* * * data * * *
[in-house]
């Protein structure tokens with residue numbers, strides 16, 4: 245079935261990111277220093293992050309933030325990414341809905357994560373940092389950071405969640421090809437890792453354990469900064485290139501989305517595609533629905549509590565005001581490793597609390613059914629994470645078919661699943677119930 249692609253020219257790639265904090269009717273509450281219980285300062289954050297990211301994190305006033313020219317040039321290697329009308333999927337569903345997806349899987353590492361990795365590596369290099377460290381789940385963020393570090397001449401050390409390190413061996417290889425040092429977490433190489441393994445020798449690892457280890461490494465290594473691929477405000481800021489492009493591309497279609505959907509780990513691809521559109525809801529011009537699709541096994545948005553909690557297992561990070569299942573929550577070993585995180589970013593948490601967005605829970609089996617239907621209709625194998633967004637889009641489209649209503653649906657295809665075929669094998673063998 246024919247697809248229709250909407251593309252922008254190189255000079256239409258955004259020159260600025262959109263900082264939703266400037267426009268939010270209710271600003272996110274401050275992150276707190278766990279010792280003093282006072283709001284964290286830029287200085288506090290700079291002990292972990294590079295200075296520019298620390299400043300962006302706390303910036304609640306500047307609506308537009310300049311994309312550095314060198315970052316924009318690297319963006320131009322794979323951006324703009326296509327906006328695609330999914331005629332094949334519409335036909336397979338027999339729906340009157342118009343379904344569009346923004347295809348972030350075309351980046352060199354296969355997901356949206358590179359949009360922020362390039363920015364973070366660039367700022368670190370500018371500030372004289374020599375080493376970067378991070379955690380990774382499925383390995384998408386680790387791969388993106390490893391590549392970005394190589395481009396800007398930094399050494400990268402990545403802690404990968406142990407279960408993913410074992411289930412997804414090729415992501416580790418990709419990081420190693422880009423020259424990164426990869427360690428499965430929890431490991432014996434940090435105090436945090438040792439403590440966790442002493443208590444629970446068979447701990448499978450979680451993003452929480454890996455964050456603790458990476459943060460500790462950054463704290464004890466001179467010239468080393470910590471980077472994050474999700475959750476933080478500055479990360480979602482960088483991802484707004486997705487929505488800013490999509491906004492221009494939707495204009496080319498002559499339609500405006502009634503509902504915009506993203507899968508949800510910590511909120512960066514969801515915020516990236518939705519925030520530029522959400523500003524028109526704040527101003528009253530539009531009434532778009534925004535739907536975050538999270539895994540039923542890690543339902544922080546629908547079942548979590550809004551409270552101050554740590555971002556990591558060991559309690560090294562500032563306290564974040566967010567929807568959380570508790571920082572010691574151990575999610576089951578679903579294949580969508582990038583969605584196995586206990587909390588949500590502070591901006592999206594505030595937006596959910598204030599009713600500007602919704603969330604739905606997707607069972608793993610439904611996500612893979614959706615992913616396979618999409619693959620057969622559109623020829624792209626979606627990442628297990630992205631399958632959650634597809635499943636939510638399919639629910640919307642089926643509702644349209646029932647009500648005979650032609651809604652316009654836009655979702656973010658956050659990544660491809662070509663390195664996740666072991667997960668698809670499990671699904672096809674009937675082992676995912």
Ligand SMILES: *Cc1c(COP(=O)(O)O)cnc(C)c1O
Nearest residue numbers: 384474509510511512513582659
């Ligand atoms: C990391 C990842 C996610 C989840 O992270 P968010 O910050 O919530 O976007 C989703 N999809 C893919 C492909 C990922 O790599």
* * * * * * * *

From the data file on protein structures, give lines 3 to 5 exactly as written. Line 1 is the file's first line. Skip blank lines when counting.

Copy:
Ligand SMILES: *Cc1c(COP(=O)(O)O)cnc(C)c1O
Nearest residue numbers: 384474509510511512513582659
């Ligand atoms: C990391 C990842 C996610 C989840 O992270 P968010 O910050 O919530 O976007 C989703 N999809 C893919 C492909 C990922 O790599």